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UK winter Covid wave falls back naturally without new interventions

As we moved into the New Year with the usual winter NHS pressures, there were media reports the UK Government was considering last-resort plans to advise Britons to wear masks on public transport, work from home and bring back social distancing. At face value, the headlines looked like scaremongering as I could see nothing official, but many of the usual commentators called for the return of measures. Predictably, all of this came while the winter.Covid wave falls back naturally without new interventions

How do we know if Covid infections are rising or falling?

With fewer mass Covid-19 testing centres, the numbers of daily tests are a fraction of the height of the pandemic, but the Office for National Statistics estimates if infections are rising or falling by randomly testing people across the country. An alternative and more timely measure is through monitoring hospital admissions. While testing in hospitals is not as widespread as at the height of the pandemic, it still occurs.

Since Omicron took over as the predominant variant of Covid, most (60-65%) patients in hospital with Covid have another reason as the main reason for admission. But admission trends are a powerful indicator of how prevalent the virus is.

Infections tend to rise for 4-6 weeks and then fall back naturally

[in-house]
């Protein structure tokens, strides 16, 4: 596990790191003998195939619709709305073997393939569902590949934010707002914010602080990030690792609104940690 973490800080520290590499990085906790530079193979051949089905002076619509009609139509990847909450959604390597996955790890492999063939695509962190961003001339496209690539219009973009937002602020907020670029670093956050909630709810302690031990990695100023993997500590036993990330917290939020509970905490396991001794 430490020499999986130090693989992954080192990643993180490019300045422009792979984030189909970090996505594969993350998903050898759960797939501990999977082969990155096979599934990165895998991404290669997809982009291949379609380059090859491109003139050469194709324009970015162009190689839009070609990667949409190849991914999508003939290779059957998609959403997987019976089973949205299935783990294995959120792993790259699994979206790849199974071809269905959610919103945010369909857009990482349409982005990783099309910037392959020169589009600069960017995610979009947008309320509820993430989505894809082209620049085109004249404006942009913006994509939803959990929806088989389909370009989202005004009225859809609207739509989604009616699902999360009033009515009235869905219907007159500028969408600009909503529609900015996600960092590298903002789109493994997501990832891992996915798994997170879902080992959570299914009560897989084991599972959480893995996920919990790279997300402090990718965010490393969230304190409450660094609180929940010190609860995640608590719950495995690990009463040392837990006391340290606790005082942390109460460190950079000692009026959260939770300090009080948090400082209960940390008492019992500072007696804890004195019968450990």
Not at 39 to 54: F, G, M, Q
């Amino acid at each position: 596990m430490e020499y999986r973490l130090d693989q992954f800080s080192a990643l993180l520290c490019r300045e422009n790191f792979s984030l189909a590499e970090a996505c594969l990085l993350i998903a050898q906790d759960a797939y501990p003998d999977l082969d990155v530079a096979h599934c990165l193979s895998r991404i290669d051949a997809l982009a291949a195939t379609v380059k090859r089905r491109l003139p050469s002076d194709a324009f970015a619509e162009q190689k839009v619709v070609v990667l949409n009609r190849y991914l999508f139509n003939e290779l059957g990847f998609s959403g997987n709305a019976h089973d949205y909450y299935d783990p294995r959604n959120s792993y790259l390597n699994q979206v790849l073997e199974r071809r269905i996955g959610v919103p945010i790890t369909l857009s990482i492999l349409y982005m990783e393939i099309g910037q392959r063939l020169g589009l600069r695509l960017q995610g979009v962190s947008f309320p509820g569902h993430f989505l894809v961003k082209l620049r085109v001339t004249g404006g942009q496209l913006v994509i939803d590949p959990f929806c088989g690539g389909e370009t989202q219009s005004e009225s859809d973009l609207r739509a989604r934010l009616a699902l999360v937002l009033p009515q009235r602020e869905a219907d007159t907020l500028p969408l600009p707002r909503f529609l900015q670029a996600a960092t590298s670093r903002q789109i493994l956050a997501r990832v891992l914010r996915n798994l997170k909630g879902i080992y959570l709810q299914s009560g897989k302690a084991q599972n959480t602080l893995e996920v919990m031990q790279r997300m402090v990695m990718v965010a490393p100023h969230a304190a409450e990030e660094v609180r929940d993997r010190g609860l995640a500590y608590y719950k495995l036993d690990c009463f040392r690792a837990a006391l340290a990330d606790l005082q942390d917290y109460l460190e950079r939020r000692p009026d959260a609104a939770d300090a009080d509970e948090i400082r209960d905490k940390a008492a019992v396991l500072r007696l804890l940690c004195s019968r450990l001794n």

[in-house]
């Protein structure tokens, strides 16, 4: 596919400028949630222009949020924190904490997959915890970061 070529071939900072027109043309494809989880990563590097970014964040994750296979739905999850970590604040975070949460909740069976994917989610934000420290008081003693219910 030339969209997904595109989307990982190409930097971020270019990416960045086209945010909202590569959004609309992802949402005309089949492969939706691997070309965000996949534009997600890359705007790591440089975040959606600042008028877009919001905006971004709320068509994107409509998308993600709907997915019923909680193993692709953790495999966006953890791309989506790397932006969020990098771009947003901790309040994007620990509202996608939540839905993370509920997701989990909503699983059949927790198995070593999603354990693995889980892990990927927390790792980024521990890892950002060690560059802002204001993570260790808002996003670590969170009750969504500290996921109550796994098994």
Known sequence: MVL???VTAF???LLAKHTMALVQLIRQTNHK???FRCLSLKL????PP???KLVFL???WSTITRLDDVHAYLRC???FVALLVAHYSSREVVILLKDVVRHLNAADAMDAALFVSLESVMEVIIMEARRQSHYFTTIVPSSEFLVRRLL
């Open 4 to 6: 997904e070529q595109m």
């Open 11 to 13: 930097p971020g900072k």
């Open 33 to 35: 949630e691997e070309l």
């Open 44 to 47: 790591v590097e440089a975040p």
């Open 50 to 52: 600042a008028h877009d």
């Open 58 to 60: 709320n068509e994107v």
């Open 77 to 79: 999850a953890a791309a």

Since Boris Johnson announced back in February 2022 that England would axe Covid restrictions, we have seen some mini waves of the virus, but these have fallen back naturally with no interventions from the Government. The UK is not the only country where this has happened and when the usual suspects were raising alarm bells in the summer, I issued a video explaining it would die down soon if following the trend of other countries. Guess what – exactly what I predicted happened.

There was another mini-wave in the Autumn that fell back naturally and as we went into the winter wave, this was the first test to see if a greater likelihood of indoor mixing would break the trend of the previous two waves. But no, we again saw infections rise for around a month before falling back again, with no new interventions from the Government.


Covid-19 is a virus here to stay and just as with the Spanish Flu pandemic that hit around a hundred years ago, the further from the start of the pandemic, the more immunity that exists within the population. What the data has shown since February 2022 is that there will be waves of the virus. They will come, peak and we will see each Covid wave fall back naturally without new interventions.

If people choose to wear masks or distance themselves from others, that is their choice. But those same individuals should respect the choice of others who want to live differently. One thing we have to accept is another respiratory virus that lives among us, and for some, they will fall ill and require hospital treatment.

One interesting statistic though is if you add up all the patients in English hospitals this winter because they were predominantly in a bed because of Covid, or had the flu, it was much lower than the number of patients in a bed who were fit to leave but for various reasons, such as a lack of a care package in the community they could not. The NHS needs to address bed capacity and accept a certain number will require hospitalisation each winter for viruses, rather than talk of new interventions for the public. The Government also needs a coherent health and social care policy, so the NHS is not a hotel service for patients ready to leave but blocking a bed for the next patient.

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